Reverend Mother series

A Shocking Assassination

A Reverend Mother series book by Cora Harrison

The second book in the Reverend Mother series

Ireland. 1924. Reverend Mother Aquinas is buying buttered eggs in the Cork city market at the very moment when the city engineer, James Doyle, is assassinated. Although no one saw the actual killing, a young reporter named Sam O’Mahony is found standing close to the body, a pistol in his hand, and is arrested and charged.

Following a desperate appeal from Sam’s mother, convinced of her son’s innocence, the Reverend Mother investigates – and, in this turbulent, war-torn city, uncovers several other key suspects. Could there be a Republican connection? Was James Doyle’s death linked to his corrupt practices in the rebuilding of the city, burned down more than a year ago by the Black and Tans? Cork is a city divided by wealth and by politics: this murder seems to have links to both.


Harrison does an even better job of integrating a fair-play mystery with the tensions of early 1920s Ireland… Well-drawn characters, including a lead capable of sustaining a long series, complement the clever plot – Publishers Weekly starred review

Although it is never a good idea to learn history from fiction, one of the many gifts of historically-based fiction is its ability to inspire curiosity about a past time or place and to evoke a sense of that world and its people. I knew only a ghost of a smidgeon about modern Irish history, but this mystery quickly drew me into the time, its tensions and disasters. The strife between various factions is not only background, but an integral part of the murder – or is it an assassination? – that sets everything in motion. Exceptionally well-drawn characters, a rich setting teeming with possible motives, twists I did not see coming, and a satisfying if heart-wrenching ending made this mystery set in 1924 Ireland a great read. – Debora Ross, Good Reads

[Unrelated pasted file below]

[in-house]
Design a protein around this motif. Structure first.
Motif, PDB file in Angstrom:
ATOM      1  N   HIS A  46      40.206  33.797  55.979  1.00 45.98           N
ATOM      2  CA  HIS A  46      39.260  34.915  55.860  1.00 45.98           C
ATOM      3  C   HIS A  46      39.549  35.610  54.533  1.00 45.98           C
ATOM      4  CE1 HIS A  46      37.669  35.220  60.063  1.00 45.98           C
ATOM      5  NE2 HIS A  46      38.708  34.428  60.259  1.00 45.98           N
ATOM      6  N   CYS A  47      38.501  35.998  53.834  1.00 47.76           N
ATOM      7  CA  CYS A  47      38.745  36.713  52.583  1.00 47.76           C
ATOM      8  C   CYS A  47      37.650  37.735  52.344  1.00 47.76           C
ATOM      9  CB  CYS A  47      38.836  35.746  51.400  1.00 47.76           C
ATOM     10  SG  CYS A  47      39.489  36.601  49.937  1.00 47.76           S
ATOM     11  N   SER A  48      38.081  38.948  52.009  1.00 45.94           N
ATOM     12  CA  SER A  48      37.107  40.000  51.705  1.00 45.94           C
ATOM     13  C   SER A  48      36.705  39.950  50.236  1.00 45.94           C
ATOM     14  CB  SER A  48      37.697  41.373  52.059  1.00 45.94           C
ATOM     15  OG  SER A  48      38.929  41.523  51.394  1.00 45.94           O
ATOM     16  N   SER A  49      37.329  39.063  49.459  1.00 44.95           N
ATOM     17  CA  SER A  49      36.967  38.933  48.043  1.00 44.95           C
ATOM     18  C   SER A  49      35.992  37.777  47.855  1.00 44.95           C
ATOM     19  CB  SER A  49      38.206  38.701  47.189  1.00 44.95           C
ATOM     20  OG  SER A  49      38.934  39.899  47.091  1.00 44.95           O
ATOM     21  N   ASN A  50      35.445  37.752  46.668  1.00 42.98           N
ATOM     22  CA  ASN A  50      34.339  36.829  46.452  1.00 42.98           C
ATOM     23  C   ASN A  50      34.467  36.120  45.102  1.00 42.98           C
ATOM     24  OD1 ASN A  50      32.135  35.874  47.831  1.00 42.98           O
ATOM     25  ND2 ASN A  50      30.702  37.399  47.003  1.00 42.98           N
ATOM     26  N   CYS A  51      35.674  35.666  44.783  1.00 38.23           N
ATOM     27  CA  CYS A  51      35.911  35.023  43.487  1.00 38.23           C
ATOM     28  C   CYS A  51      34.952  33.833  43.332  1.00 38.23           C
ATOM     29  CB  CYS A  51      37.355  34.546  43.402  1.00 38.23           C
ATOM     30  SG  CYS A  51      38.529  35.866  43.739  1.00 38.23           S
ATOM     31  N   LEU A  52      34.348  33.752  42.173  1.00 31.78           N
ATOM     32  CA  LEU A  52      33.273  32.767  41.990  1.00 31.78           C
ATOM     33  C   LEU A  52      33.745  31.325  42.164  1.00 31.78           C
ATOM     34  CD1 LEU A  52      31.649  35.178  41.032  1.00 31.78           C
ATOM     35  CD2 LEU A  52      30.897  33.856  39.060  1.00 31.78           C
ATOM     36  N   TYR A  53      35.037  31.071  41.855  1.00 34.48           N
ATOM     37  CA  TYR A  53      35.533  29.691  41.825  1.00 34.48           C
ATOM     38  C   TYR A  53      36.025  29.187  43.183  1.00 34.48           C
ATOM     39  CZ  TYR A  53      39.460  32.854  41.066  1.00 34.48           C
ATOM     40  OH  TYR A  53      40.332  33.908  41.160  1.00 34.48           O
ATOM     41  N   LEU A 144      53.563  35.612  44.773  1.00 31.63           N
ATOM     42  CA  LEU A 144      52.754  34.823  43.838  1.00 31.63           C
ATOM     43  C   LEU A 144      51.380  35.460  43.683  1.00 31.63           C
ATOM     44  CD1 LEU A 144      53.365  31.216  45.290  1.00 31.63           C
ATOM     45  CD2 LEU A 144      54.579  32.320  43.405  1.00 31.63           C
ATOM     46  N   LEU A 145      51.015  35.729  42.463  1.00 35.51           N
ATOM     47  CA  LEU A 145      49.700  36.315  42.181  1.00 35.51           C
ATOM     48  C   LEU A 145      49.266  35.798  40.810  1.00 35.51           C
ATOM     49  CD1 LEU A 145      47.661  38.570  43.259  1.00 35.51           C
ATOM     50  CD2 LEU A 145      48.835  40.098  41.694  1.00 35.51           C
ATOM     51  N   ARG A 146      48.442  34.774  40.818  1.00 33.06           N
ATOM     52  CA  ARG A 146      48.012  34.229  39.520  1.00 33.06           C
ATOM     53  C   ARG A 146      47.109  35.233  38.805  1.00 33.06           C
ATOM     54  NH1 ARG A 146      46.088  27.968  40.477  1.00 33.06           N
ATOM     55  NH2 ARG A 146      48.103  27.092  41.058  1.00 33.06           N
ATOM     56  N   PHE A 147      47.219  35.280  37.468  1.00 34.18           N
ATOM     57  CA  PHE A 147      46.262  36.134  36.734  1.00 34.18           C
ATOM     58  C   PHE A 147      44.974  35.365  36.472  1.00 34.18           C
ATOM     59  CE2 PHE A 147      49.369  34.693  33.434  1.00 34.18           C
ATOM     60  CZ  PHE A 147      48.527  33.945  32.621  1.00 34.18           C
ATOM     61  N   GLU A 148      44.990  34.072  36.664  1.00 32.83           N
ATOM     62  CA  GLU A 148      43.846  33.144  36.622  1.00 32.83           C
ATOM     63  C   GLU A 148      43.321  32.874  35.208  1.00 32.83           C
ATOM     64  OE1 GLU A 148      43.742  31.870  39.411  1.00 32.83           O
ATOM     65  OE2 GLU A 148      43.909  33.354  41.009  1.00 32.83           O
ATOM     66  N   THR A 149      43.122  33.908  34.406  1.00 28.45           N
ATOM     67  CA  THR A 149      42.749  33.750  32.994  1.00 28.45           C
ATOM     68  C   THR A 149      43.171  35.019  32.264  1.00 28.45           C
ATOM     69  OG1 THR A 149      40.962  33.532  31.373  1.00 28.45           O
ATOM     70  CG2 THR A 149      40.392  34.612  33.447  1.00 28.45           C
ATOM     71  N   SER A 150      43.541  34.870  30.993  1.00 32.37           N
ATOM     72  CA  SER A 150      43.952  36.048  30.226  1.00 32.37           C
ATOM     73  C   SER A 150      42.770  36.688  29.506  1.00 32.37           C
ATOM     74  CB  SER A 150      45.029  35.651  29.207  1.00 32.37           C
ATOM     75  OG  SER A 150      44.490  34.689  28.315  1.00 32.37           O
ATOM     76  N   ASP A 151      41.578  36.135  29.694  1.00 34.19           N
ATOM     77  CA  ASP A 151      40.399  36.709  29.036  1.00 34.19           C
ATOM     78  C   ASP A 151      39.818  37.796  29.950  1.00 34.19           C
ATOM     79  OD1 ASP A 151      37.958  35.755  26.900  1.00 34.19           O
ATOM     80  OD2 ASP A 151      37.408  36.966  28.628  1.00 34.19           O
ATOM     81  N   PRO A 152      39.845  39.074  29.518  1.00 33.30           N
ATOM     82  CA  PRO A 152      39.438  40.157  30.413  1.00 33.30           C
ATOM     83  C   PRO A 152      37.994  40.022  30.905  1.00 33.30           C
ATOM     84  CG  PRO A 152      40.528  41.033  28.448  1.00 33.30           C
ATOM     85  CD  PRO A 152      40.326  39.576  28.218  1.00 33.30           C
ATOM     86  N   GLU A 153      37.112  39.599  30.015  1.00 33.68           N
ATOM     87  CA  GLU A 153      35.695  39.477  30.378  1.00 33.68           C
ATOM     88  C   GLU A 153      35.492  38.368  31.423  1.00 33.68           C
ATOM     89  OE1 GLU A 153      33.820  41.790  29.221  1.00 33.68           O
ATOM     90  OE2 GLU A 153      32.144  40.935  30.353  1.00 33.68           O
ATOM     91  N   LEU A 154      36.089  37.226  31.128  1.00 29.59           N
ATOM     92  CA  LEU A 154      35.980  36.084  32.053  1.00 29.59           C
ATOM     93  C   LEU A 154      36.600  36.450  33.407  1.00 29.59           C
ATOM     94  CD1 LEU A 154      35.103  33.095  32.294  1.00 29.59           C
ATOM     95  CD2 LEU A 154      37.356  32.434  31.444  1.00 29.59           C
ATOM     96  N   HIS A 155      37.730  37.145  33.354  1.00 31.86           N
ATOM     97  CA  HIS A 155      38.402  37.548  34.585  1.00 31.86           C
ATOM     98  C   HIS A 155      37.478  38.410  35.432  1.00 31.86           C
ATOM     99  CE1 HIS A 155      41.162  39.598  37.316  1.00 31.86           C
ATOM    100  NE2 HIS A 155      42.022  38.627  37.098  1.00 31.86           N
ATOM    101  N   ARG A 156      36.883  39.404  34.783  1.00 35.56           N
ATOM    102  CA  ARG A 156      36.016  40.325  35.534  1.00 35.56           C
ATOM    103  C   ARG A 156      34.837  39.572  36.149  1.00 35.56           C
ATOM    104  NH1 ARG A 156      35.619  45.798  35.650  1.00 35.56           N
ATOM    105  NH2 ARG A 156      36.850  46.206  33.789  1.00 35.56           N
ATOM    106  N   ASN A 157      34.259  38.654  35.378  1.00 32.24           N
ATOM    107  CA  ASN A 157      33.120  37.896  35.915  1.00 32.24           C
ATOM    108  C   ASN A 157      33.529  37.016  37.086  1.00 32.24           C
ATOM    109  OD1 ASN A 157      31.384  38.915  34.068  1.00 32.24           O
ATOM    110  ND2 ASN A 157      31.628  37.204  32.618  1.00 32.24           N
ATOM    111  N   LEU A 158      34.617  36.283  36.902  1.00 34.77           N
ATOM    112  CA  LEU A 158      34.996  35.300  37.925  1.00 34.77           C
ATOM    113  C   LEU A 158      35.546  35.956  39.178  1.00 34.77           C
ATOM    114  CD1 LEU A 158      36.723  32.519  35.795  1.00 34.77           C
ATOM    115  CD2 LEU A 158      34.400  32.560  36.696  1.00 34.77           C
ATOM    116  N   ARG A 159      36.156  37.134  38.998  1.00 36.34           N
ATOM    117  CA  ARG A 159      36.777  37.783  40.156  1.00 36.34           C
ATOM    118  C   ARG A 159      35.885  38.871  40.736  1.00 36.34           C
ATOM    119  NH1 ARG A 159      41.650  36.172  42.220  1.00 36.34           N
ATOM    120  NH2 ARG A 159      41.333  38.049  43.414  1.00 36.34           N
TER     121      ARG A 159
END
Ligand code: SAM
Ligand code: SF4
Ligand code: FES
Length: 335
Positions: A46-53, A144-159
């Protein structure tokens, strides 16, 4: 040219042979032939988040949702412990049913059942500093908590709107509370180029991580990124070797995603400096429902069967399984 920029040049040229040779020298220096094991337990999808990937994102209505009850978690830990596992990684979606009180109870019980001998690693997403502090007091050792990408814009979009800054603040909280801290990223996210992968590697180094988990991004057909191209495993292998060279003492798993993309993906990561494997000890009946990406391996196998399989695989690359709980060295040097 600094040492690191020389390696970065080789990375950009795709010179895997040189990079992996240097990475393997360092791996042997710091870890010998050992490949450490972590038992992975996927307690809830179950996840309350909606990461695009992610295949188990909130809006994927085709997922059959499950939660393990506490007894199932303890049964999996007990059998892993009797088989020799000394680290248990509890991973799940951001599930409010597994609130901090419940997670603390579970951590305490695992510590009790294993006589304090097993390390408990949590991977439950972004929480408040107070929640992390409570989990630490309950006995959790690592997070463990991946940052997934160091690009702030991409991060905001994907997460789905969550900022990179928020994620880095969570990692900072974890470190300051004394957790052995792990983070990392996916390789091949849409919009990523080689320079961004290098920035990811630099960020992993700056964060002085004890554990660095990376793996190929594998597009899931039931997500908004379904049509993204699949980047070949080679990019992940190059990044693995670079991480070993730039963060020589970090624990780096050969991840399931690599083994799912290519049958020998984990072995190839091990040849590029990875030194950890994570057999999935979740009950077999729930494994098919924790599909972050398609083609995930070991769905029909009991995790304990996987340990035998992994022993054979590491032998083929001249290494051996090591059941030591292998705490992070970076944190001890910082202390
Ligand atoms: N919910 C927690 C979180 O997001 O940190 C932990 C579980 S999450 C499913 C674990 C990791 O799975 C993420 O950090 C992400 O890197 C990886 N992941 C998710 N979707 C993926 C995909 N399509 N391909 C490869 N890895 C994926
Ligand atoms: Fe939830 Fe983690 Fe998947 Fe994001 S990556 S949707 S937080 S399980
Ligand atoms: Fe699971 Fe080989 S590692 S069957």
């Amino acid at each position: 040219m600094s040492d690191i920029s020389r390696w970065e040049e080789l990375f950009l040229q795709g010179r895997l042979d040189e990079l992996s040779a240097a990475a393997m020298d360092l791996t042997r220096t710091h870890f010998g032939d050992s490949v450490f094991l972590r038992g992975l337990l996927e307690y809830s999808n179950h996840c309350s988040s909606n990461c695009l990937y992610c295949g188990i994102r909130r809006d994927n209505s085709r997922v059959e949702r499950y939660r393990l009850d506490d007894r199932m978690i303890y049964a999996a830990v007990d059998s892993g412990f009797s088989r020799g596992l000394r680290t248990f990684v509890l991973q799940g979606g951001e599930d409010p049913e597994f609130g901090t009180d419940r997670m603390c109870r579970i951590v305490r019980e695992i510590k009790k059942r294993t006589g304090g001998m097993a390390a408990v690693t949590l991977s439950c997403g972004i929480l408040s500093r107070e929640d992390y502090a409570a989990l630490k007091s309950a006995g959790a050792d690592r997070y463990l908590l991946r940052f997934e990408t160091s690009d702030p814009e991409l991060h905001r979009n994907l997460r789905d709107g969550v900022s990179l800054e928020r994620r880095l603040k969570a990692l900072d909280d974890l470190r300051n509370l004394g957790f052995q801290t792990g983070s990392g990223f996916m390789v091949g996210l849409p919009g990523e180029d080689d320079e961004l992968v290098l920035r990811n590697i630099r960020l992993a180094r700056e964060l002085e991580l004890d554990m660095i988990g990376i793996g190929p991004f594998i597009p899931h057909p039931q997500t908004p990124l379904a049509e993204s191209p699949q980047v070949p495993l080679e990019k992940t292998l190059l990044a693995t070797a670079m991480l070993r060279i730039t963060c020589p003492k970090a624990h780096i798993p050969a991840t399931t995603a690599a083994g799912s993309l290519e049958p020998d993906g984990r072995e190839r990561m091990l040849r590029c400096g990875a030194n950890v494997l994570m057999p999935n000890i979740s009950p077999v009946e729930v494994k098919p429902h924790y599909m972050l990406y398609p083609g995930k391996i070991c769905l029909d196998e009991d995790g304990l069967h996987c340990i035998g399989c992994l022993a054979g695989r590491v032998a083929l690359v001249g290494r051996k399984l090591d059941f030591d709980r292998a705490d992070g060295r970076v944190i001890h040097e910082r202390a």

Period ambience, an absorbing plot, and a wise and intrepid amateur sleuth in the form of the Reverend Mother make this an engaging historical mystery.”–Booklist

Reverend Mother series

Reverend Mother series

A Shameful Murder

The first book in the Reverend Mother series

Click here for the first chapter and links to reviews

A Shameful Murder


Chapter One


St Thomas Aquinas:

Videtur quod voluntas Dei non sit causa rerum.

(It can be seen that the will of God is not the cause of things.)

It was Reverend Mother Aquinas who found the body of the dead girl. It lay wedged within the gateway to the convent chapel at St Mary’s of the Isle, jettisoned by the flood waters. For a fanciful moment she had almost imagined that it was a mermaid swept up from the sea. The long silver gown gleamed beneath the gas lamp, wet as the skin of a salmon, and the streams of soaked curls were red-brown just like the crinkled carrageen seaweed she had gathered from the windswept beaches of Ballycotton when she was a child. Her heart beating fast, the Reverend Mother unlocked the gate and looked down at the sightless blue eyes that stared up from beneath a wide, high brow, at the blanched, soaked flesh of the cheeks and knew that there was nothing that she could do for the girl. She bent over, touched the stone-cold face and then with a hand that trembled slightly she signed the forehead with a small cross. The Reverend Mother had seen death many times in her long life, but in the young she still found it was almost unbearable.

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Harrison combines a savvy detective and a setting fraught with intrigue and tension for another winner“–Publishers Weekly Starred Review

Mistaken identities, strange twists, an intelligent and likable heroine, and a tragic tale of sex, greed, and betrayal–make sure your historical mystery readers get this one on their radar“–Booklist Starred Review

“Recommend for Dicey Deere fans or readers who enjoy M.C. Beaton and Carol Higgins Clark“–Library Journal

What unfolds is a superbly crafted mystery that makes fine use of its locale and the diverse characters living there: the moneyed elite who attend the annual Merchants’ Ball, lecturers from the University College, and the energetic young people who fight for Ireland’s future by joining the illegal Republican Party.“–Sarah Johnson, book review editor for the Historical Novels Review.

This is a terrific read, carrying you along on the ride. Highly recommended.“–Historical Novel Society 

The Gaslight Mysteries Summer of Secrets

SUMMER OF SECRETS: Cora Harrison talks to Crime Time

Cora Harrison talks to Crime Time:-

Crime Time: Summer of Secrets